Towazugatari – Yasuri Nanami

I would be better off dead.

Oh, pardon me, I’m the head of household of the Yasuri family, Yasuri Nanami. I’m no one of any importance. Despite its status twenty years ago, the Yasuri family that I’m head of is only a shadow of its former self, just like myself.

Should I just say that I want to die? Of course, there’s nobody who would be better off dead. It’s obvious that living is better than dying. That’s what they all say, so I’m sure it’s true. But think about it this way: That’s only a broad and general idea, not necessarily one that applies to everybody or one that applies everywhere.

‘Would I be better off dead? Or would I be worse off dead?’ is a question that should be decided on an individual basis. My brother Shichika would say that life and death isn’t a question of good or bad. That’s how he’s been raised by his predecessor. After all, if he had any values about life and death, it would dull his edge as a sword, a tool for taking life. He hasn’t been taught any of that. Swords are tools for killing, tools for bringing death. They have no sense of right or wrong, and for better or worse, no other purpose. That’s the fate of the Yasuri family, of each head of Kyotouryuu. And Shichika is a natural, too.

Oh? Something about myself, and not Shichika? But I have nothing to say about myself. The more I talk about myself, the less value it would have. Oh, that’s right. Why don’t I talk about this to pass the time?

Why do people live? What purpose are people born for? These are common questions in society. It seems like they would be. Of course, I know little of the world, so I don’t know if they still would be, but everybody used to trouble themselves with those questions.

But in my opinion, those are the wrong questions to ask. Even as a child, I could only shake my head at them. Why do people live? What purpose are people born for? That’s inferring the cause from the effect; it’s reasoning from the conclusion. In other words, it’s an unproductive question. No matter how deep of a reason you have, it won’t change the reality that you are alive. If a duck realizes that it’s a swan, it won’t change biologically, will it? The same idea applies here.

That’s right, no matter what you live for, or whatever you were born for, it won’t change a thing about the fact that you’re alive. Thinking about it is a waste of time. Contemplating about your life might seem optimistic, but it’s actually quite pessimistic. Such wastes should be eliminated, in my opinion.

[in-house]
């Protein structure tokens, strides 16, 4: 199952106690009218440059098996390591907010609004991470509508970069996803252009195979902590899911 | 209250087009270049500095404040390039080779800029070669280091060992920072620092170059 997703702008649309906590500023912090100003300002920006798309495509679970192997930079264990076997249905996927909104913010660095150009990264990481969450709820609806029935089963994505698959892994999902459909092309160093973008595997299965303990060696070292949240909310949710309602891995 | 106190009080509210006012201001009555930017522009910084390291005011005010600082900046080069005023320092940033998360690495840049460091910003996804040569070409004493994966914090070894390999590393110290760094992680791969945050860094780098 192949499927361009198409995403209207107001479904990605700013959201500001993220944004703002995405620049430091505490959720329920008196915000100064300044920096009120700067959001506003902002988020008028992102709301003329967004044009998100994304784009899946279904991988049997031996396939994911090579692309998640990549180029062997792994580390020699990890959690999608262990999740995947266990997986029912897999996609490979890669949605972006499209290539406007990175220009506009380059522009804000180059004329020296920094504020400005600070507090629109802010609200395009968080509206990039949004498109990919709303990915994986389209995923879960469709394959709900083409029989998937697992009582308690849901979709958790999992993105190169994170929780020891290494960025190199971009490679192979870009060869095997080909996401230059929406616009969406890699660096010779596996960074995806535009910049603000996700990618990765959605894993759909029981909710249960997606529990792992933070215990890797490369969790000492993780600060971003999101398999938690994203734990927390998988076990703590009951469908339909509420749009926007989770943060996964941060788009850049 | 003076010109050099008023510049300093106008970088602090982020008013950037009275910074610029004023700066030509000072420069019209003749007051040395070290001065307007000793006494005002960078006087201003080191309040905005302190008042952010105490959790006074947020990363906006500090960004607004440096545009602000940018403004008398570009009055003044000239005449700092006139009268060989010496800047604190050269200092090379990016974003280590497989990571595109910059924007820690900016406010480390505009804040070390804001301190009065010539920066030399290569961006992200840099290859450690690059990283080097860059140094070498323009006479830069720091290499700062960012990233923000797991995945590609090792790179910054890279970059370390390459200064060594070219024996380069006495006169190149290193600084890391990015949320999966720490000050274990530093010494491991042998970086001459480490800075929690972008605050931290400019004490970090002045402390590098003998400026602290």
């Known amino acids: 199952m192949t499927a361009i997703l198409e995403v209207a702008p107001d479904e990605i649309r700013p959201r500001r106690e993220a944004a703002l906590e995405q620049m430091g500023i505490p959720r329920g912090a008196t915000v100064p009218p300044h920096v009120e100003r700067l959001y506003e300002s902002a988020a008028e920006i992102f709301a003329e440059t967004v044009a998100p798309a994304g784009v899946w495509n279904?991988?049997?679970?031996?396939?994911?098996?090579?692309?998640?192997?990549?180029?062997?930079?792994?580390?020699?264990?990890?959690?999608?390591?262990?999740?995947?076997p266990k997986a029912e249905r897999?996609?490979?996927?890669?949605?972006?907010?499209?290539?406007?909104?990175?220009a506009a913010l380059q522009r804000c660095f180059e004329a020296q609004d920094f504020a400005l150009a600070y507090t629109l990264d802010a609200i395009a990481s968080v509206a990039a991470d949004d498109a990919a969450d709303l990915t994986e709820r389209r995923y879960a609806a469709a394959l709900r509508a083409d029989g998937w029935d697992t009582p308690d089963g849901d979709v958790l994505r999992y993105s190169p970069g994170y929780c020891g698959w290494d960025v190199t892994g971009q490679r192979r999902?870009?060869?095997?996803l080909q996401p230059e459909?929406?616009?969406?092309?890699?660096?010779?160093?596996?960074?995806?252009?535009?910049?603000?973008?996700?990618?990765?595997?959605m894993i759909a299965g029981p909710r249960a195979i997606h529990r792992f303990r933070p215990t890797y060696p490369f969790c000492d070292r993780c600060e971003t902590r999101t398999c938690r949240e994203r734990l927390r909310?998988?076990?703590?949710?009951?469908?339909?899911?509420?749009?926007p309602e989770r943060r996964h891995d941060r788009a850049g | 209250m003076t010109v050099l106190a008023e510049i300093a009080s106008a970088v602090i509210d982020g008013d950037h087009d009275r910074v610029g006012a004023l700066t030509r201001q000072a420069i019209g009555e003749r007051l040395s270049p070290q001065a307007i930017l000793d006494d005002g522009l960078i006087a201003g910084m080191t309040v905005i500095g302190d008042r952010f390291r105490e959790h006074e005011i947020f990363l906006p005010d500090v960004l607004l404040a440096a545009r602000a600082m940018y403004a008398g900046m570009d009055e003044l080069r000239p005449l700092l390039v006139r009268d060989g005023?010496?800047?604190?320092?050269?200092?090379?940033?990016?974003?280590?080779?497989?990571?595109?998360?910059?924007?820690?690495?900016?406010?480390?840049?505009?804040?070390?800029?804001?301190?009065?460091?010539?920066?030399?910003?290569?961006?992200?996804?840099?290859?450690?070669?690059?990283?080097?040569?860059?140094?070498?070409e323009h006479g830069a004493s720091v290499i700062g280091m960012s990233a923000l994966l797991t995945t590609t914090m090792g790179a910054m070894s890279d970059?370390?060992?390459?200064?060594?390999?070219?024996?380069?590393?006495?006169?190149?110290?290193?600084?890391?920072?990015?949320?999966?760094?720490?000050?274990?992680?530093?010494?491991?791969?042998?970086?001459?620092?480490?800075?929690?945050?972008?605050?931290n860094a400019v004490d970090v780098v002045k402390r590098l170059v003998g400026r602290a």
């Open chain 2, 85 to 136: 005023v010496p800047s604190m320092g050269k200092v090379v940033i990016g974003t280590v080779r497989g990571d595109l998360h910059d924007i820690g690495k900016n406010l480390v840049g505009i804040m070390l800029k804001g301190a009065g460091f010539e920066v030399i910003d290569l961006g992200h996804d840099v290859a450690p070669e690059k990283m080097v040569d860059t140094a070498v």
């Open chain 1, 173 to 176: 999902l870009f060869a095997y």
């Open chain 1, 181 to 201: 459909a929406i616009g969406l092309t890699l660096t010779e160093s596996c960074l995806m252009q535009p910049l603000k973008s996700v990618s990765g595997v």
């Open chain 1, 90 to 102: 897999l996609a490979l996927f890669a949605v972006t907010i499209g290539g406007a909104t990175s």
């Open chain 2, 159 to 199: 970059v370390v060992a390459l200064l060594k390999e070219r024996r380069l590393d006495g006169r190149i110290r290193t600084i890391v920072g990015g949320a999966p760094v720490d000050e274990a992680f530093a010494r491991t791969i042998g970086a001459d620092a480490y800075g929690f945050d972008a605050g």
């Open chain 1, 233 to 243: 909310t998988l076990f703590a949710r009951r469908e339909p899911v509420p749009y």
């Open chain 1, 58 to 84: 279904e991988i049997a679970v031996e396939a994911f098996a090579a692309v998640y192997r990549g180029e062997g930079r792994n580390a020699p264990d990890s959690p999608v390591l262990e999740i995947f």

What’s more important is to think about death. That’s much more optimistic. Thinking about life is thinking about the past and thinking about death is thinking about the future. Should we not think about tomorrow and not yesterday? Why do people die? What purpose do people die for? Pondering over these questions will lead to a fruitful life. People cease to be people when they die. Life leaves their bodies, and the living become the deceased. It’s a transformation, a transfiguration, and a transmogrification. What else would have meaning if not this? What indeed?

That is why we shall ask these questions. Why we shall ask these questions to ourselves. Why do people die? What purpose do people die for? Of course, these questions require some intelligence, and would be difficult for someone like Shichika, but they’re not terribly difficult questions. They’re debates with no answer. If you think you’re right then you’re right, and if you think you’re correct then you’re correct. The right answer should be determined by each individual. Ah, perhaps not each individual, but in this case, each deceased.

At least, there’s no need to rely on the wisdom of ancestors. To give my answers as a point of reference, people die as part of natural law, because living is unnatural. And the purpose that people die for is themselves. The first question aside, the second question might require more explanation. Allow me to explain.

What does it mean to die for yourself? This is a precise meaning of the words, one that might be something that’s exclusive to myself, and I don’t even expect my brother to share it, but living requires more effort than dying. To be frank, it’s tiring. It’s exhausting. Waking up, eating, walking, talking, sleeping… expenditure comes with exhaustion. In comparison, death, or rather being dead, is easy. There’s no expenditure or exhaustion.

Just like the Yasuri family at present. We have been exiled to an uninhabited island for twenty years, doing nothing and feeling nothing, only dying. Not living, but dying. You could say that Shichika and I were born into death. Or would it be more direct to say that we were born from death? Well, no matter you call us, I am myself, Shichika is Shichika, and the Yasuri family is the Yasuri family. Strangers shouldn’t intrude in family matters. There’s no need for outside interference.

How was that? I didn’t have anything to say about myself, and I may have only lined up some nonsense, but please overlook my misconduct as a bit of entertainment.

But even so. If you have the opportunity, why not think of these questions? Why do people die? For what purpose do people die? Why do you die? For what purpose do you die? Would you be better off dead, or would you be worse off dead? It may be of some use. It might paradoxically help you live more optimistically. Despite what I say, these questions may not have comforting answers, but death has accompanied me for a quarter-century as a friend, so I hope you won’t insult it. That is my request as the head of the Yasuri family, Yasuri Nanami.

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